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Performance Management Finance Library

Finance Library

The canon of finance literature is vast, with hundreds more publications emerging every year. This section distills the main lessons from most influential finance books both past and present, from the cornerstones to the most popular reads. Each summary includes a concise overview and analysis of the book's most distinctive contributions to management thinking and practice, along with bibliographic information for the featured title and related works by the author.

  • Cost and Effect: Using Integrated Cost Systems to Drive Profitability and Performance
    Robert S. Kaplan and Robin Cooper (1997)
    Two highly respected academics present a resource for understanding and implementing activity-based cost management, and show how to improve company profits and performance. Provides a detailed blueprint to enable managers to make better decisions and to promote organizational learning. Explains why activity-based costing has great benefits, not only for accounting but also management and business strategy.
  • The EVA Challenge: Implementing Value-Added Change in an Organization
    Joel M. Stern and John S. Shiely (2001)
    The cofounder of the EVA concept explains how it can be used for measuring a company’s true profitability and providing a strategy for enhancing corporate and shareholder wealth. Shows how to customize EVA initiatives for different types of organization, to improve corporate economic value by focusing on corporate, financial, and market performance. Compares EVA with other performance measures and financial management systems, and presents the...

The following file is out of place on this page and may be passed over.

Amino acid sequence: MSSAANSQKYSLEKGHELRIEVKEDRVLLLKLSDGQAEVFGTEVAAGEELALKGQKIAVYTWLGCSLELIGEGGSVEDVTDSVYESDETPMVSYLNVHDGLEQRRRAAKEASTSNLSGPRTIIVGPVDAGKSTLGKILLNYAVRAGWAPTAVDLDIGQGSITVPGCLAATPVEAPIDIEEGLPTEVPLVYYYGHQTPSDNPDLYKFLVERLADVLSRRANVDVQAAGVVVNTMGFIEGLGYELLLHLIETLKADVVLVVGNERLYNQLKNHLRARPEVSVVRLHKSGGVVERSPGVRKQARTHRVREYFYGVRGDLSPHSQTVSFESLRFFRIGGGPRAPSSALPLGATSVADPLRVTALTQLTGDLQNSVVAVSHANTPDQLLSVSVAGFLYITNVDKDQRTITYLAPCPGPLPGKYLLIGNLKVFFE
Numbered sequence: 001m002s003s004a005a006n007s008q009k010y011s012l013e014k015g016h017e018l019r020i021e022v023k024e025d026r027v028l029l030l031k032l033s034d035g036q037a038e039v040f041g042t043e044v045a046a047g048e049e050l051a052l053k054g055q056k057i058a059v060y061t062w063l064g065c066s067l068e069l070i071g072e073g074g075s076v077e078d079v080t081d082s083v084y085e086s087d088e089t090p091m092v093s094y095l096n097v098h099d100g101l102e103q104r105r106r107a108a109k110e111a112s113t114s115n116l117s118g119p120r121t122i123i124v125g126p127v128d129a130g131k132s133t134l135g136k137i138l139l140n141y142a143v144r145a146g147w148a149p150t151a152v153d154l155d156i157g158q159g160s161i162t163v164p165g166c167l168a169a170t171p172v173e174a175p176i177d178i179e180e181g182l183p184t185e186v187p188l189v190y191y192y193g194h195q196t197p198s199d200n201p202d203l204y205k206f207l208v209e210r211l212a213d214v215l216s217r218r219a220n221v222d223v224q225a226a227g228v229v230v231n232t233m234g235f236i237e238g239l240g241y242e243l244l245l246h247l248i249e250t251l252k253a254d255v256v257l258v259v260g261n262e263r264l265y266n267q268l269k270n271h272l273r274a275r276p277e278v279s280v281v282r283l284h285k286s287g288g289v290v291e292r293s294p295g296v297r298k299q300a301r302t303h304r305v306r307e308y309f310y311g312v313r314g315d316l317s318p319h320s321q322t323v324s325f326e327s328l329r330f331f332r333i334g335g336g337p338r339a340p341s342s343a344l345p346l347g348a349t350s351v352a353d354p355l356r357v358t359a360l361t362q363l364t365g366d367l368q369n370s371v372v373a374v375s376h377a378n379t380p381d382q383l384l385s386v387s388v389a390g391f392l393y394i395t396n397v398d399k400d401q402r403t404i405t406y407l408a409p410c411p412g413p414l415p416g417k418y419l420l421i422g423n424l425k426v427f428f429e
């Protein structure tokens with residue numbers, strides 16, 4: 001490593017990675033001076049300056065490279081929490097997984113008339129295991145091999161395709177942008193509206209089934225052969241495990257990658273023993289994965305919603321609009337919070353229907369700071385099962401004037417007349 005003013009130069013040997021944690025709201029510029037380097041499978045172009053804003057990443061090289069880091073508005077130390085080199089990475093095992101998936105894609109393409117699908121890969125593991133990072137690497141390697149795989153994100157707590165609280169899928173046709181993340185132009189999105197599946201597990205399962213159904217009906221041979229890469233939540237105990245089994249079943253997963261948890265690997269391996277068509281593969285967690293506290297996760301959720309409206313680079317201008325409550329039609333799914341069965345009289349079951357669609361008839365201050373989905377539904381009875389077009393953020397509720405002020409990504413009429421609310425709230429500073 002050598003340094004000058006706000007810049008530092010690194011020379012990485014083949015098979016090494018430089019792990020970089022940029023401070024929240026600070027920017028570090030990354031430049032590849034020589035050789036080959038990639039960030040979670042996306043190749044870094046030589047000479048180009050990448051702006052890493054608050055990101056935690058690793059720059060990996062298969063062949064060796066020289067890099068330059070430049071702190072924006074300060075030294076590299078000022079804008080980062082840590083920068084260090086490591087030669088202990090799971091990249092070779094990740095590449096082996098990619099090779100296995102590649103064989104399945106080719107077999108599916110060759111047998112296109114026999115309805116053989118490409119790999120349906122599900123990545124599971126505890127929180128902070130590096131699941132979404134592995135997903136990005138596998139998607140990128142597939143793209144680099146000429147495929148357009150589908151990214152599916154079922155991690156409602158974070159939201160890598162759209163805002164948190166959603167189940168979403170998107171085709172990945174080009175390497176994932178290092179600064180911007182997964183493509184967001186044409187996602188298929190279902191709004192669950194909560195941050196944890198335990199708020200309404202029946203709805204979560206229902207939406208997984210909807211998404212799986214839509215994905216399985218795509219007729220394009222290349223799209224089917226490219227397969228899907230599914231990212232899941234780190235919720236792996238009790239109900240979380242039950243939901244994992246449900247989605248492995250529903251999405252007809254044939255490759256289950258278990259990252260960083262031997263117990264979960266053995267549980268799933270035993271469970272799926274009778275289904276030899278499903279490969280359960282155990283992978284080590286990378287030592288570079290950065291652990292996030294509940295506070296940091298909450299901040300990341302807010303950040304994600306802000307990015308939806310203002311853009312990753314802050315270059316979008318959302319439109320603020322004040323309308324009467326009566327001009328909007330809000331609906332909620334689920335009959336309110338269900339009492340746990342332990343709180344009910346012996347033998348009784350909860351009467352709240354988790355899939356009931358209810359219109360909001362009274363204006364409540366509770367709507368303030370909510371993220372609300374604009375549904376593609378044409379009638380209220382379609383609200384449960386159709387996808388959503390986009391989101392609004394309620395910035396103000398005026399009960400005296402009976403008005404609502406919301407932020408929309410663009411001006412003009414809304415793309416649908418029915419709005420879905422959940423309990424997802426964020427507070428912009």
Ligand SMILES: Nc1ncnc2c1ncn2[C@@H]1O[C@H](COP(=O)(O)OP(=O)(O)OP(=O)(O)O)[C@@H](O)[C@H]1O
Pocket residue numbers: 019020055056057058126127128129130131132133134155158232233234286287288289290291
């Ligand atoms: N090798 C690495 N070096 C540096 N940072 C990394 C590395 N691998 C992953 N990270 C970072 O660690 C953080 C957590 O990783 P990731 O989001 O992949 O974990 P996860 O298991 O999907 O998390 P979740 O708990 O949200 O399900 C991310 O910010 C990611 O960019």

• The Six Sigma Way: How GE, Motorola and Other Top Companies are Honing Their Performance
    Peter S. Pande, Robert Neuman, and Roland R. Cavanagh (2000)
    The authors are Six Sigma experts who have taught major firms how to effectively implement this business management strategy. Explains how Six Sigma operates as a useful and straightforward tool that integrates a quest for perfection into organizational planning. Shows you how to launch a Six Sigma initiative, with examples from companies that have introduced the program.
  • Why Smart People Make Big Money Mistakes and How to Correct Them
    Gary Belsky and Thomas Gilovich (1999)
    Examines the most common mistakes we make when spending, investing, or saving money. Uses behavioral economics to explain these mistakes and problems, using everyday examples and scenarios. Provides the reader with an alternative view of financial problems, and offers practical solutions and advice, with exercises in each chapter.  

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